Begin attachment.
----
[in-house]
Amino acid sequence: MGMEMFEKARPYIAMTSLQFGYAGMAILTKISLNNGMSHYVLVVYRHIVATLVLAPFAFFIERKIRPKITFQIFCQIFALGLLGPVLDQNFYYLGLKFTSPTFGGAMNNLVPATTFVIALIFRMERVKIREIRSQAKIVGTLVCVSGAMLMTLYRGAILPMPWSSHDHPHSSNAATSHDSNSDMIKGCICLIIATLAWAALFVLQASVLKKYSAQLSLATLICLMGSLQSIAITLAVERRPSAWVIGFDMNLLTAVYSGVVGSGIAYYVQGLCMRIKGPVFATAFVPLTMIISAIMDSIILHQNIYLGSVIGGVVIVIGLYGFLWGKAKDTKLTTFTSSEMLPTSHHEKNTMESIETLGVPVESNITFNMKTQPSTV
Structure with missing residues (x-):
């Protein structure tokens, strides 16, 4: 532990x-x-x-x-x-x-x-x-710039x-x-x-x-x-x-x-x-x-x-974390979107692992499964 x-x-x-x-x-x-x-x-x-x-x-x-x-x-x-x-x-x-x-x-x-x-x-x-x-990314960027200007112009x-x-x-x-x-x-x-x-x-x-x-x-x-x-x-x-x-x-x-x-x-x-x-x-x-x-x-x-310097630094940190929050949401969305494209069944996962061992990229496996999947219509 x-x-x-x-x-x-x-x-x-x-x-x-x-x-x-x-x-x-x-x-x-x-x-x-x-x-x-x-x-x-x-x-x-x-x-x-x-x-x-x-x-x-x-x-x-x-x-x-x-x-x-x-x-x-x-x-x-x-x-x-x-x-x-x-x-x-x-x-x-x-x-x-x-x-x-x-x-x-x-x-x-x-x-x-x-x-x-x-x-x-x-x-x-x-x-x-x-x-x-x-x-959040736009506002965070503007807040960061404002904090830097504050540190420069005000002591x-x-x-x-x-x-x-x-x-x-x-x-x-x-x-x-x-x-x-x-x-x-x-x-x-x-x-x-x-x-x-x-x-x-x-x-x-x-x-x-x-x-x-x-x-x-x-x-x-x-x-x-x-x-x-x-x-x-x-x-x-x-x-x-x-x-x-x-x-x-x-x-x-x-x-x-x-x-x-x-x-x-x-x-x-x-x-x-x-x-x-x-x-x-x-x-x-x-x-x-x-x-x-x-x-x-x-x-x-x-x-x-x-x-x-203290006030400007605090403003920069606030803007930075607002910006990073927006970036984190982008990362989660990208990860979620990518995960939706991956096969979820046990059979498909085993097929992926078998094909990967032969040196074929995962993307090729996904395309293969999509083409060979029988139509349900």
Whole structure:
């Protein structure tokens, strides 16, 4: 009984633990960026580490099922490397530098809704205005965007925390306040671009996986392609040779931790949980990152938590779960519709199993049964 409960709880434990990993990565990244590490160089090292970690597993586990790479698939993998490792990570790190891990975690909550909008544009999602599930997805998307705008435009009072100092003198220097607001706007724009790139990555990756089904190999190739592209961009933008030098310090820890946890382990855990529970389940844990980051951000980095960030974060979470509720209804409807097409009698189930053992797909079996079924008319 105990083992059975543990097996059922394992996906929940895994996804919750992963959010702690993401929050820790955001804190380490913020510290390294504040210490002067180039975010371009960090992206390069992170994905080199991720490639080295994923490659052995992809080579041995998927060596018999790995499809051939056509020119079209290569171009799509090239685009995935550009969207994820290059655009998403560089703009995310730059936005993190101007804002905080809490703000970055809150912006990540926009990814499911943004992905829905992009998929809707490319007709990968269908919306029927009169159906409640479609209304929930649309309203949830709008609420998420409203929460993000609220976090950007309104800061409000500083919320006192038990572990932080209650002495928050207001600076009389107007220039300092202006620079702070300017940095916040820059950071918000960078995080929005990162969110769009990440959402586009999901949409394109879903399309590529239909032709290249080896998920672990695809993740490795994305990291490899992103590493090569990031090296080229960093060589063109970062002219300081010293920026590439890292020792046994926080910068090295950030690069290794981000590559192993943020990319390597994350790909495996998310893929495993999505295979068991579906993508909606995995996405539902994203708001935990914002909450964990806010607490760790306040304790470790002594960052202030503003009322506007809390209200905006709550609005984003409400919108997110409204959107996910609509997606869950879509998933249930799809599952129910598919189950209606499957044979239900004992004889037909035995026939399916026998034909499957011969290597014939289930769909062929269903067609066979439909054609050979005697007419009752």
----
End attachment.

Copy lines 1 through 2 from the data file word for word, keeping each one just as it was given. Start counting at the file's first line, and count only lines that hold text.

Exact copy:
[in-house]
Amino acid sequence: MGMEMFEKARPYIAMTSLQFGYAGMAILTKISLNNGMSHYVLVVYRHIVATLVLAPFAFFIERKIRPKITFQIFCQIFALGLLGPVLDQNFYYLGLKFTSPTFGGAMNNLVPATTFVIALIFRMERVKIREIRSQAKIVGTLVCVSGAMLMTLYRGAILPMPWSSHDHPHSSNAATSHDSNSDMIKGCICLIIATLAWAALFVLQASVLKKYSAQLSLATLICLMGSLQSIAITLAVERRPSAWVIGFDMNLLTAVYSGVVGSGIAYYVQGLCMRIKGPVFATAFVPLTMIISAIMDSIILHQNIYLGSVIGGVVIVIGLYGFLWGKAKDTKLTTFTSSEMLPTSHHEKNTMESIETLGVPVESNITFNMKTQPSTV